12. Benz63amg thread starter macrumors 68030


    Oct 17, 2010
    A lot of users here on the forum gave me buyers remorse and a sour feeling about my 2019 iMac purchase which I got 2 days ago, i got the 2299$ Model that Apple sells in the store, it’s got the 580X graphic card, 9th gen i5, 2TB fusion drive and 8gb ram (which I’m upgrading with OWC ram to a total of 24gb by adding 2 x 8gb sticks)

    I now have the fear that the fusion drive will fail due to people’s comments etc and I planned to keep this computer for years to come, my previous computer was a mid 2011 27 inch iMac and it had a standard spinning hard drive and it didn’t give any issues whatsoever, it did become slow after all these years but I don’t know if it’s due to the spinning hard drive or other factors, I had 12GB ram installed in it since day one.

    I can obviously return the 2019 iMac that I just got 2 days ago to the Apple store but they don’t stock any models with SSD in stores therefore I need to wait 2 weeks to get it delivered to me. But then again which model do I get, do I get the BASE 27 inch model which has inferior graphics and CPU and add 1tb SSD to that base configuration for a total of 2499$ which is 100$ more than what I paid for my maxed top tier model 27 inch 2019 iMac with the 2tb fusion drive. I could also get the SAME top tier 27 inch iMac that I have now but instead of the 2tb fusion drive I can get a 512gb SSD in there instead by adding $100 for also a total of $2499

    What do I do? Is the fusion drive going to fail and become slow and sluggish over the years eventually rendering my iMac useless in need of repair which will cost hundreds of dollars?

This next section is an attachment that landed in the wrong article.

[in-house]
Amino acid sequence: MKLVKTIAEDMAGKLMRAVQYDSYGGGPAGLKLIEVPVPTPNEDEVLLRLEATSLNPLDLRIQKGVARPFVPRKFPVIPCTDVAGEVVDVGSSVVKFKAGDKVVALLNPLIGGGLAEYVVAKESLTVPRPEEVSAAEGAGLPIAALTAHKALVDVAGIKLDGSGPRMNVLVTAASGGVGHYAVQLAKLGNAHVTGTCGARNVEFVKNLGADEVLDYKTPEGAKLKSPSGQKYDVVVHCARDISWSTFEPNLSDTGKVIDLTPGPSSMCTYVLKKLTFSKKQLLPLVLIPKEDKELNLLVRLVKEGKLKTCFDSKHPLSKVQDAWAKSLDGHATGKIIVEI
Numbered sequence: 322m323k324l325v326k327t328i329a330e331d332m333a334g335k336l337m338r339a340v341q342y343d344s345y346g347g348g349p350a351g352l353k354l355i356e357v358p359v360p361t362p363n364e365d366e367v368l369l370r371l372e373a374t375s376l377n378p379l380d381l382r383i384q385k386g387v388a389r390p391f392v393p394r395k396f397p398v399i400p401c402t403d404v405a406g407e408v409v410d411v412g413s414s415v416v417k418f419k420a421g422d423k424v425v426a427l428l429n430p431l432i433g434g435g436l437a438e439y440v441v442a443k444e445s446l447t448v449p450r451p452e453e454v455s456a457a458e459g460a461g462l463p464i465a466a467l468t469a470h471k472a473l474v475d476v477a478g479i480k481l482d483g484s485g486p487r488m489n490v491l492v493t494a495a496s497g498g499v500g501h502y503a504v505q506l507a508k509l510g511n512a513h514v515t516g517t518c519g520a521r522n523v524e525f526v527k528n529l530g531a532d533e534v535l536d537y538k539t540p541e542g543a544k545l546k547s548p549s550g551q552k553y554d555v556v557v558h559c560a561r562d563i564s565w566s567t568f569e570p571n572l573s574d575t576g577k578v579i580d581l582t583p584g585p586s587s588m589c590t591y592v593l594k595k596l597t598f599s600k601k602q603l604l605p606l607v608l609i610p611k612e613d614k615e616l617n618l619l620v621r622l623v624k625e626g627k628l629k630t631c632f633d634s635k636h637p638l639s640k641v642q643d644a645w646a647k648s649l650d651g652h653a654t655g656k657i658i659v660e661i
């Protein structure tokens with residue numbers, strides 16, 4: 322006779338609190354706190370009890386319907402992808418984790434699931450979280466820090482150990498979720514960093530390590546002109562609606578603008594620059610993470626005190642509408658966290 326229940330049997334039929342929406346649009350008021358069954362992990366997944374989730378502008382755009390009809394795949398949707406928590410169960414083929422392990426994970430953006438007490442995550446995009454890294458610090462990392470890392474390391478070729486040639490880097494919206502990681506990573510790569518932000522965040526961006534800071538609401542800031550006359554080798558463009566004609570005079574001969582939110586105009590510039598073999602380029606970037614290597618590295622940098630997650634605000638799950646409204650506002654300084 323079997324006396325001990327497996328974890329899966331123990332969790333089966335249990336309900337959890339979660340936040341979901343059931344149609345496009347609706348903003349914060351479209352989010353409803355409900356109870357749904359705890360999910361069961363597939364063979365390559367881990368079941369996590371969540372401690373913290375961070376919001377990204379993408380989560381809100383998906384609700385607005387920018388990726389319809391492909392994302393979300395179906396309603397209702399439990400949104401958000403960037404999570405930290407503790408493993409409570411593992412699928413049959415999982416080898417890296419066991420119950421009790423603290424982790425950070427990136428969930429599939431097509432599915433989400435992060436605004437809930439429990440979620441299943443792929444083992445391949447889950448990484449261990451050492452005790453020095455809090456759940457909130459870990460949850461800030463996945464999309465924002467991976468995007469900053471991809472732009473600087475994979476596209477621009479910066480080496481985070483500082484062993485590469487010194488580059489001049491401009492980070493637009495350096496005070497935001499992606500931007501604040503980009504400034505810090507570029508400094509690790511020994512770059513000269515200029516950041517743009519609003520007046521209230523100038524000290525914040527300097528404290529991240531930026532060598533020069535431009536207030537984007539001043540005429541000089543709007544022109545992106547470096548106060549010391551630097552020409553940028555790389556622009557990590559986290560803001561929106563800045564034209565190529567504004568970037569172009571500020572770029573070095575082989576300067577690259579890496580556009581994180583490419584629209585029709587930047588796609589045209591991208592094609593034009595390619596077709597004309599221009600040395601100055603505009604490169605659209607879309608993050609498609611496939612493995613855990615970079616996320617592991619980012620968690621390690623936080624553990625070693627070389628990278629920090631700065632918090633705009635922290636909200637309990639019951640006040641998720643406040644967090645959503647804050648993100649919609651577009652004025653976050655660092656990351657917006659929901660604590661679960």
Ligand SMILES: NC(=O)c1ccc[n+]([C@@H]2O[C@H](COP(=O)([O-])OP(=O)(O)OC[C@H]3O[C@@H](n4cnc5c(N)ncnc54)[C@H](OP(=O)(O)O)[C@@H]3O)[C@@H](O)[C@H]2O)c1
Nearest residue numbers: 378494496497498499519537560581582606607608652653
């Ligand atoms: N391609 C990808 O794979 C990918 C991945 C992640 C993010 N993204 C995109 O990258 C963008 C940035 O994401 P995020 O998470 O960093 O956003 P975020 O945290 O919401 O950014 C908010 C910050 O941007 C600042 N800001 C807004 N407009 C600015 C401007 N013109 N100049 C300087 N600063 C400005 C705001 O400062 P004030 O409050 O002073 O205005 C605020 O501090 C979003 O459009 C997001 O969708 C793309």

13. Colonel Blimp macrumors regular

    Colonel Blimp

    Dec 1, 2016
    On the subject of reliability, see this post by Ubele, who writes from extensive experience.

    On the subject of performance, see this post and this post, also by folks who write from experience.
  14. nambuccaheadsau, Apr 8, 2019
    Last edited: Apr 28, 2019

    nambuccaheadsau macrumors 68000


    Oct 19, 2007
    Nambucca Heads Australia
    Best options:-

    1. SSD

    2. Fusion subject to 128GB PCI-e blade.

    3. Platter very slow option.
  15. need to restart, Apr 9, 2019
    Last edited: Apr 9, 2019

    need to restart macrumors newbie

    need to restart

    Apr 28, 2012
    I'm also wondering why there isn't a single in store option with an SSD. Why not have a $2399 option with 512gb SSD standard.

    I'm also coming from a 2011 imac with the slow 1TB spinning drive, and am considering getting a 1TB samsung T5 to use as a boot drive and using the internal fusion drive as a backup
  16. monkeybagel macrumors 65816

    Jul 24, 2011
    United States
    It is hard to tell what SSD is going to be shared with the spindle from Apple. I, for testing, made the setup in my Mac Pro 5,1 a Fusion Drive (512 SSD and 2 TB spindle), again, for testing, and there is certainly a noticeable difference between it and the two 512GB SSDs in RAID 0 and 6 TB of spindles for backups and data. You would certainly see a performance improvement over a straight spindle, but with the PCIe SSD performance currently offered, that would be the way to go if speed were a primary concern and budget allows. It is reliable and super fast. I have not had any issues with the Fusion Drive breaking. Since it sounds like you have had some time with your machine, are you happy with the performance? It does take a few days with all apps installed to learn your usage habits to offload that data to SSD and what to put on the spindle.

    Wait until you only have a few more days of evaluation and make your decision then.

    M275 V12biturbo

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15 April 5, 2019